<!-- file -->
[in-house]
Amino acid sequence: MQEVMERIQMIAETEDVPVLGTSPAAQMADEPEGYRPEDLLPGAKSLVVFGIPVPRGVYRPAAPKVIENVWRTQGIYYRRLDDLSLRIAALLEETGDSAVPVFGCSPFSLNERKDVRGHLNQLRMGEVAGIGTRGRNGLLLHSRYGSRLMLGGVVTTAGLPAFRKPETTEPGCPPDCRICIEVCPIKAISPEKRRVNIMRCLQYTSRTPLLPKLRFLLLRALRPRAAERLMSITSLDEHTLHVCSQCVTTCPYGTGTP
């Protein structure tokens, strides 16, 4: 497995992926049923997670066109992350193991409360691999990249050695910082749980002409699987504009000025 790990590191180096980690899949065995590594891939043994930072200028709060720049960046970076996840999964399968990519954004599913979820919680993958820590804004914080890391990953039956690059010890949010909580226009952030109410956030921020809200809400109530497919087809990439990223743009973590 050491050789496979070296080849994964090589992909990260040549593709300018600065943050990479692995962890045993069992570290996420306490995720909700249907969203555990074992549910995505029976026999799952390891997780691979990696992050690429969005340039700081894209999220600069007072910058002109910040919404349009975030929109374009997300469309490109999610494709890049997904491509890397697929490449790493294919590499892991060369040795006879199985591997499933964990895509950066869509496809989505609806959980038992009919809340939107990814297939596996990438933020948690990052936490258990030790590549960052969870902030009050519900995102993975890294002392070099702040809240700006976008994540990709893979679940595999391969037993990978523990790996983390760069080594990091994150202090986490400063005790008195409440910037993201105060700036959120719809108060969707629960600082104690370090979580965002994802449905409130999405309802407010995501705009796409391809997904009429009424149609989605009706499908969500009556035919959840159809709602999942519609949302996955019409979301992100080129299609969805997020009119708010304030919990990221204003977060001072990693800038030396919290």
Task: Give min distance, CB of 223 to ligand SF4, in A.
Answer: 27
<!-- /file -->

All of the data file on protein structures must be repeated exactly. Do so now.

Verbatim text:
[in-house]
Amino acid sequence: MQEVMERIQMIAETEDVPVLGTSPAAQMADEPEGYRPEDLLPGAKSLVVFGIPVPRGVYRPAAPKVIENVWRTQGIYYRRLDDLSLRIAALLEETGDSAVPVFGCSPFSLNERKDVRGHLNQLRMGEVAGIGTRGRNGLLLHSRYGSRLMLGGVVTTAGLPAFRKPETTEPGCPPDCRICIEVCPIKAISPEKRRVNIMRCLQYTSRTPLLPKLRFLLLRALRPRAAERLMSITSLDEHTLHVCSQCVTTCPYGTGTP
């Protein structure tokens, strides 16, 4: 497995992926049923997670066109992350193991409360691999990249050695910082749980002409699987504009000025 790990590191180096980690899949065995590594891939043994930072200028709060720049960046970076996840999964399968990519954004599913979820919680993958820590804004914080890391990953039956690059010890949010909580226009952030109410956030921020809200809400109530497919087809990439990223743009973590 050491050789496979070296080849994964090589992909990260040549593709300018600065943050990479692995962890045993069992570290996420306490995720909700249907969203555990074992549910995505029976026999799952390891997780691979990696992050690429969005340039700081894209999220600069007072910058002109910040919404349009975030929109374009997300469309490109999610494709890049997904491509890397697929490449790493294919590499892991060369040795006879199985591997499933964990895509950066869509496809989505609806959980038992009919809340939107990814297939596996990438933020948690990052936490258990030790590549960052969870902030009050519900995102993975890294002392070099702040809240700006976008994540990709893979679940595999391969037993990978523990790996983390760069080594990091994150202090986490400063005790008195409440910037993201105060700036959120719809108060969707629960600082104690370090979580965002994802449905409130999405309802407010995501705009796409391809997904009429009424149609989605009706499908969500009556035919959840159809709602999942519609949302996955019409979301992100080129299609969805997020009119708010304030919990990221204003977060001072990693800038030396919290």
Task: Give min distance, CB of 223 to ligand SF4, in A.
Answer: 27